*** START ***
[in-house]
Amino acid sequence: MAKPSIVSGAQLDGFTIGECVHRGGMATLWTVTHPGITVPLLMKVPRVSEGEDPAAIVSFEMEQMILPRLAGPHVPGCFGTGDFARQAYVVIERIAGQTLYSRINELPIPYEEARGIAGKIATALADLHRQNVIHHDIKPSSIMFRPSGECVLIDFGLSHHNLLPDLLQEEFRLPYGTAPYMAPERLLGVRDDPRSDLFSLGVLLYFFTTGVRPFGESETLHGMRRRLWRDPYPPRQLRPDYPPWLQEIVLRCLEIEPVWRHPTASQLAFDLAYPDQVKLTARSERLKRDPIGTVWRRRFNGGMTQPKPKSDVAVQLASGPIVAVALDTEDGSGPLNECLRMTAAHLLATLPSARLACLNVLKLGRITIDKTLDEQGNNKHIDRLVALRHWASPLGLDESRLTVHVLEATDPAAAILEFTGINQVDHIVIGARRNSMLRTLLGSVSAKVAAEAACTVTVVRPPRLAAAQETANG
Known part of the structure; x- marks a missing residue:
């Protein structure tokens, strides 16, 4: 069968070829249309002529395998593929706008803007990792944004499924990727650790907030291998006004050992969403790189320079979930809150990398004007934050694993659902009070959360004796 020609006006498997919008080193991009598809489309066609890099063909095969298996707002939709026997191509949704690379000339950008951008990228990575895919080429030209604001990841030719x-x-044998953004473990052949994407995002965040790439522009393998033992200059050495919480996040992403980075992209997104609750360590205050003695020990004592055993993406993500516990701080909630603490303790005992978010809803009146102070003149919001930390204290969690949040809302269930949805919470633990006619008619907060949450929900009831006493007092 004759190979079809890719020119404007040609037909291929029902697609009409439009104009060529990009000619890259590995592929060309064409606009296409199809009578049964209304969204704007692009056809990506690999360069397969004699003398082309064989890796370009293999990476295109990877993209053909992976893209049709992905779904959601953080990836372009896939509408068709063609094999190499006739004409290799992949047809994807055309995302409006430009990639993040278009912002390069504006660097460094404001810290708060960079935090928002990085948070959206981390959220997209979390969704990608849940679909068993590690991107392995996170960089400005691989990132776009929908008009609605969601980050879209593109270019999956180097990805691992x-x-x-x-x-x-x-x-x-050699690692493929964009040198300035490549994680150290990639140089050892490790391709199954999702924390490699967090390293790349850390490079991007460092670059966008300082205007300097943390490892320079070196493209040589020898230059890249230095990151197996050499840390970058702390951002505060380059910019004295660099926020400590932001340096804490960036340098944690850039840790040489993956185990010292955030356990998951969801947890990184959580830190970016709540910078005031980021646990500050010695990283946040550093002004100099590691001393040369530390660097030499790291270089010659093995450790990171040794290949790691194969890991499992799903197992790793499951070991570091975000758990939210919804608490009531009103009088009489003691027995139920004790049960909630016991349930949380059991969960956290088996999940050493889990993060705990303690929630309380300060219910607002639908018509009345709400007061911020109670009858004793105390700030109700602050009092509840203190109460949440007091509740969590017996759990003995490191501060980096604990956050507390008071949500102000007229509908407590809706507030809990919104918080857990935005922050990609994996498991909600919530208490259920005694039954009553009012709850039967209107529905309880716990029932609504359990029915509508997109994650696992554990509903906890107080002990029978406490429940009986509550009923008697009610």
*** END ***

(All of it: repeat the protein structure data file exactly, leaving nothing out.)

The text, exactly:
[in-house]
Amino acid sequence: MAKPSIVSGAQLDGFTIGECVHRGGMATLWTVTHPGITVPLLMKVPRVSEGEDPAAIVSFEMEQMILPRLAGPHVPGCFGTGDFARQAYVVIERIAGQTLYSRINELPIPYEEARGIAGKIATALADLHRQNVIHHDIKPSSIMFRPSGECVLIDFGLSHHNLLPDLLQEEFRLPYGTAPYMAPERLLGVRDDPRSDLFSLGVLLYFFTTGVRPFGESETLHGMRRRLWRDPYPPRQLRPDYPPWLQEIVLRCLEIEPVWRHPTASQLAFDLAYPDQVKLTARSERLKRDPIGTVWRRRFNGGMTQPKPKSDVAVQLASGPIVAVALDTEDGSGPLNECLRMTAAHLLATLPSARLACLNVLKLGRITIDKTLDEQGNNKHIDRLVALRHWASPLGLDESRLTVHVLEATDPAAAILEFTGINQVDHIVIGARRNSMLRTLLGSVSAKVAAEAACTVTVVRPPRLAAAQETANG
Known part of the structure; x- marks a missing residue:
């Protein structure tokens, strides 16, 4: 069968070829249309002529395998593929706008803007990792944004499924990727650790907030291998006004050992969403790189320079979930809150990398004007934050694993659902009070959360004796 020609006006498997919008080193991009598809489309066609890099063909095969298996707002939709026997191509949704690379000339950008951008990228990575895919080429030209604001990841030719x-x-044998953004473990052949994407995002965040790439522009393998033992200059050495919480996040992403980075992209997104609750360590205050003695020990004592055993993406993500516990701080909630603490303790005992978010809803009146102070003149919001930390204290969690949040809302269930949805919470633990006619008619907060949450929900009831006493007092 004759190979079809890719020119404007040609037909291929029902697609009409439009104009060529990009000619890259590995592929060309064409606009296409199809009578049964209304969204704007692009056809990506690999360069397969004699003398082309064989890796370009293999990476295109990877993209053909992976893209049709992905779904959601953080990836372009896939509408068709063609094999190499006739004409290799992949047809994807055309995302409006430009990639993040278009912002390069504006660097460094404001810290708060960079935090928002990085948070959206981390959220997209979390969704990608849940679909068993590690991107392995996170960089400005691989990132776009929908008009609605969601980050879209593109270019999956180097990805691992x-x-x-x-x-x-x-x-x-050699690692493929964009040198300035490549994680150290990639140089050892490790391709199954999702924390490699967090390293790349850390490079991007460092670059966008300082205007300097943390490892320079070196493209040589020898230059890249230095990151197996050499840390970058702390951002505060380059910019004295660099926020400590932001340096804490960036340098944690850039840790040489993956185990010292955030356990998951969801947890990184959580830190970016709540910078005031980021646990500050010695990283946040550093002004100099590691001393040369530390660097030499790291270089010659093995450790990171040794290949790691194969890991499992799903197992790793499951070991570091975000758990939210919804608490009531009103009088009489003691027995139920004790049960909630016991349930949380059991969960956290088996999940050493889990993060705990303690929630309380300060219910607002639908018509009345709400007061911020109670009858004793105390700030109700602050009092509840203190109460949440007091509740969590017996759990003995490191501060980096604990956050507390008071949500102000007229509908407590809706507030809990919104918080857990935005922050990609994996498991909600919530208490259920005694039954009553009012709850039967209107529905309880716990029932609504359990029915509508997109994650696992554990509903906890107080002990029978406490429940009986509550009923008697009610």